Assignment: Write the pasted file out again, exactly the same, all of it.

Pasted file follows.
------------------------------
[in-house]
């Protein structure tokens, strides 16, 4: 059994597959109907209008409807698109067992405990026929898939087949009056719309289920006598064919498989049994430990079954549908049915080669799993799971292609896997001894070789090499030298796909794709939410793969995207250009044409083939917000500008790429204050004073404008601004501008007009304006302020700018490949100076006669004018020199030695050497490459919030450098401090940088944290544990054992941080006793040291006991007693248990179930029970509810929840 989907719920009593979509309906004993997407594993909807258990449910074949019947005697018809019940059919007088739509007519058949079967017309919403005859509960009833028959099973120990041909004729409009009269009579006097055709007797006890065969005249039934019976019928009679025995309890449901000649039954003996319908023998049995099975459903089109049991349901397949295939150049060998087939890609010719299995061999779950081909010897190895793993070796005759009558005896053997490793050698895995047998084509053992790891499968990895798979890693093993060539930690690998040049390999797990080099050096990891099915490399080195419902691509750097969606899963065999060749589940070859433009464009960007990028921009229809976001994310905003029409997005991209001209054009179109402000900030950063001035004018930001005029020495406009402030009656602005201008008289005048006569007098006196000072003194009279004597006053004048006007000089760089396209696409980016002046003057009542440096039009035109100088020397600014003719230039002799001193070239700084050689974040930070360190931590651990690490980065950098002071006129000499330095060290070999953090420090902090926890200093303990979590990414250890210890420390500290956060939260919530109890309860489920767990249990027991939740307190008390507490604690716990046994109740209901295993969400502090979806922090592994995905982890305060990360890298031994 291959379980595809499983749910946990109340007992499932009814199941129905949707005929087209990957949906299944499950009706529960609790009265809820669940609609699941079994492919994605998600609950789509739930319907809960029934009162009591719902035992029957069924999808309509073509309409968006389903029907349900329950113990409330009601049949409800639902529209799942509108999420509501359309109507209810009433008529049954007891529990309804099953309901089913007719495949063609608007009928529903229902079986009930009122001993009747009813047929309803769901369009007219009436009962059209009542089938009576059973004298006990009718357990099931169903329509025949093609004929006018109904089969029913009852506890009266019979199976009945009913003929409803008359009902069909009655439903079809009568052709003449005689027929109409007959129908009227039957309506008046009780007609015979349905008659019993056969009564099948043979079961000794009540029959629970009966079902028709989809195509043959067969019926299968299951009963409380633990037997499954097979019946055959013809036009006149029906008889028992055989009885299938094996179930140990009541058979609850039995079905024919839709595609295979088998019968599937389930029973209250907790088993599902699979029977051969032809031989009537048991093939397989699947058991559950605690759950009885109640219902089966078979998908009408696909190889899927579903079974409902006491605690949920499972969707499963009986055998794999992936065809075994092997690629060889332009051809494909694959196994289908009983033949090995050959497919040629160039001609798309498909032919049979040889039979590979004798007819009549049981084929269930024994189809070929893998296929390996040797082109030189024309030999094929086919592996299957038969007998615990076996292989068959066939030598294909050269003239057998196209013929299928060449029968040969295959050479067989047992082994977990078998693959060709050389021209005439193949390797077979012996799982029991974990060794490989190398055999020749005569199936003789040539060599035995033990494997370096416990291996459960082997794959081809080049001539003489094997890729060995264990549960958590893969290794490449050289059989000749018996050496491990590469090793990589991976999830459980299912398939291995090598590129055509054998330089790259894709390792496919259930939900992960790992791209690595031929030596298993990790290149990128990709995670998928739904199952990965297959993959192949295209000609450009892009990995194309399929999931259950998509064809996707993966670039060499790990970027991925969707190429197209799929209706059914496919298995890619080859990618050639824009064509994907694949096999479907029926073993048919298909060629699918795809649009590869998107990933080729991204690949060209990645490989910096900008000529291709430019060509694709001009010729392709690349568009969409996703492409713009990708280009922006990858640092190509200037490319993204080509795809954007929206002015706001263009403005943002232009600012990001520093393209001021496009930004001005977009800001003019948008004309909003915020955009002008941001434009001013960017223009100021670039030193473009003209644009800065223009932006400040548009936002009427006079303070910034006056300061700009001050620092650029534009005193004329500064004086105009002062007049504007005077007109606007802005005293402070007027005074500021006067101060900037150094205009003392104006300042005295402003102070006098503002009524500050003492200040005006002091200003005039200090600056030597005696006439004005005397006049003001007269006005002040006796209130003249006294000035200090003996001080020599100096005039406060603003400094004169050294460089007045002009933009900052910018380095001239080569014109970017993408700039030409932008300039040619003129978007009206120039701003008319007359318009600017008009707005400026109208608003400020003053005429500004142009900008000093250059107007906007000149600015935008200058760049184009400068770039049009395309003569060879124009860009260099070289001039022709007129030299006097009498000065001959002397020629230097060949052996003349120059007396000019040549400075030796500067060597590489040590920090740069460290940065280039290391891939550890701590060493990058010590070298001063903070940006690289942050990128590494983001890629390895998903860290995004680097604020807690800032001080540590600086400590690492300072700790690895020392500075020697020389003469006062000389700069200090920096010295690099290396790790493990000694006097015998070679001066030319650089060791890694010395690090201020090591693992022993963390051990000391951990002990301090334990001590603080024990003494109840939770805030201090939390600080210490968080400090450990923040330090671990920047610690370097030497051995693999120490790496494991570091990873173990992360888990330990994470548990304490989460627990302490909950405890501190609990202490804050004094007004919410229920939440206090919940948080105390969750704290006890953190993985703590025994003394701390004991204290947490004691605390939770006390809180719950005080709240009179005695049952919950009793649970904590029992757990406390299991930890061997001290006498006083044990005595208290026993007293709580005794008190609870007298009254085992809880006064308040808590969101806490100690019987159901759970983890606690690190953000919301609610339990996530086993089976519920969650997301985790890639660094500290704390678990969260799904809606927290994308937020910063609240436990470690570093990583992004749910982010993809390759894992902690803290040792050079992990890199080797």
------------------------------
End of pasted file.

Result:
[in-house]
């Protein structure tokens, strides 16, 4: 059994597959109907209008409807698109067992405990026929898939087949009056719309289920006598064919498989049994430990079954549908049915080669799993799971292609896997001894070789090499030298796909794709939410793969995207250009044409083939917000500008790429204050004073404008601004501008007009304006302020700018490949100076006669004018020199030695050497490459919030450098401090940088944290544990054992941080006793040291006991007693248990179930029970509810929840 989907719920009593979509309906004993997407594993909807258990449910074949019947005697018809019940059919007088739509007519058949079967017309919403005859509960009833028959099973120990041909004729409009009269009579006097055709007797006890065969005249039934019976019928009679025995309890449901000649039954003996319908023998049995099975459903089109049991349901397949295939150049060998087939890609010719299995061999779950081909010897190895793993070796005759009558005896053997490793050698895995047998084509053992790891499968990895798979890693093993060539930690690998040049390999797990080099050096990891099915490399080195419902691509750097969606899963065999060749589940070859433009464009960007990028921009229809976001994310905003029409997005991209001209054009179109402000900030950063001035004018930001005029020495406009402030009656602005201008008289005048006569007098006196000072003194009279004597006053004048006007000089760089396209696409980016002046003057009542440096039009035109100088020397600014003719230039002799001193070239700084050689974040930070360190931590651990690490980065950098002071006129000499330095060290070999953090420090902090926890200093303990979590990414250890210890420390500290956060939260919530109890309860489920767990249990027991939740307190008390507490604690716990046994109740209901295993969400502090979806922090592994995905982890305060990360890298031994 291959379980595809499983749910946990109340007992499932009814199941129905949707005929087209990957949906299944499950009706529960609790009265809820669940609609699941079994492919994605998600609950789509739930319907809960029934009162009591719902035992029957069924999808309509073509309409968006389903029907349900329950113990409330009601049949409800639902529209799942509108999420509501359309109507209810009433008529049954007891529990309804099953309901089913007719495949063609608007009928529903229902079986009930009122001993009747009813047929309803769901369009007219009436009962059209009542089938009576059973004298006990009718357990099931169903329509025949093609004929006018109904089969029913009852506890009266019979199976009945009913003929409803008359009902069909009655439903079809009568052709003449005689027929109409007959129908009227039957309506008046009780007609015979349905008659019993056969009564099948043979079961000794009540029959629970009966079902028709989809195509043959067969019926299968299951009963409380633990037997499954097979019946055959013809036009006149029906008889028992055989009885299938094996179930140990009541058979609850039995079905024919839709595609295979088998019968599937389930029973209250907790088993599902699979029977051969032809031989009537048991093939397989699947058991559950605690759950009885109640219902089966078979998908009408696909190889899927579903079974409902006491605690949920499972969707499963009986055998794999992936065809075994092997690629060889332009051809494909694959196994289908009983033949090995050959497919040629160039001609798309498909032919049979040889039979590979004798007819009549049981084929269930024994189809070929893998296929390996040797082109030189024309030999094929086919592996299957038969007998615990076996292989068959066939030598294909050269003239057998196209013929299928060449029968040969295959050479067989047992082994977990078998693959060709050389021209005439193949390797077979012996799982029991974990060794490989190398055999020749005569199936003789040539060599035995033990494997370096416990291996459960082997794959081809080049001539003489094997890729060995264990549960958590893969290794490449050289059989000749018996050496491990590469090793990589991976999830459980299912398939291995090598590129055509054998330089790259894709390792496919259930939900992960790992791209690595031929030596298993990790290149990128990709995670998928739904199952990965297959993959192949295209000609450009892009990995194309399929999931259950998509064809996707993966670039060499790990970027991925969707190429197209799929209706059914496919298995890619080859990618050639824009064509994907694949096999479907029926073993048919298909060629699918795809649009590869998107990933080729991204690949060209990645490989910096900008000529291709430019060509694709001009010729392709690349568009969409996703492409713009990708280009922006990858640092190509200037490319993204080509795809954007929206002015706001263009403005943002232009600012990001520093393209001021496009930004001005977009800001003019948008004309909003915020955009002008941001434009001013960017223009100021670039030193473009003209644009800065223009932006400040548009936002009427006079303070910034006056300061700009001050620092650029534009005193004329500064004086105009002062007049504007005077007109606007802005005293402070007027005074500021006067101060900037150094205009003392104006300042005295402003102070006098503002009524500050003492200040005006002091200003005039200090600056030597005696006439004005005397006049003001007269006005002040006796209130003249006294000035200090003996001080020599100096005039406060603003400094004169050294460089007045002009933009900052910018380095001239080569014109970017993408700039030409932008300039040619003129978007009206120039701003008319007359318009600017008009707005400026109208608003400020003053005429500004142009900008000093250059107007906007000149600015935008200058760049184009400068770039049009395309003569060879124009860009260099070289001039022709007129030299006097009498000065001959002397020629230097060949052996003349120059007396000019040549400075030796500067060597590489040590920090740069460290940065280039290391891939550890701590060493990058010590070298001063903070940006690289942050990128590494983001890629390895998903860290995004680097604020807690800032001080540590600086400590690492300072700790690895020392500075020697020389003469006062000389700069200090920096010295690099290396790790493990000694006097015998070679001066030319650089060791890694010395690090201020090591693992022993963390051990000391951990002990301090334990001590603080024990003494109840939770805030201090939390600080210490968080400090450990923040330090671990920047610690370097030497051995693999120490790496494991570091990873173990992360888990330990994470548990304490989460627990302490909950405890501190609990202490804050004094007004919410229920939440206090919940948080105390969750704290006890953190993985703590025994003394701390004991204290947490004691605390939770006390809180719950005080709240009179005695049952919950009793649970904590029992757990406390299991930890061997001290006498006083044990005595208290026993007293709580005794008190609870007298009254085992809880006064308040808590969101806490100690019987159901759970983890606690690190953000919301609610339990996530086993089976519920969650997301985790890639660094500290704390678990969260799904809606927290994308937020910063609240436990470690570093990583992004749910982010993809390759894992902690803290040792050079992990890199080797």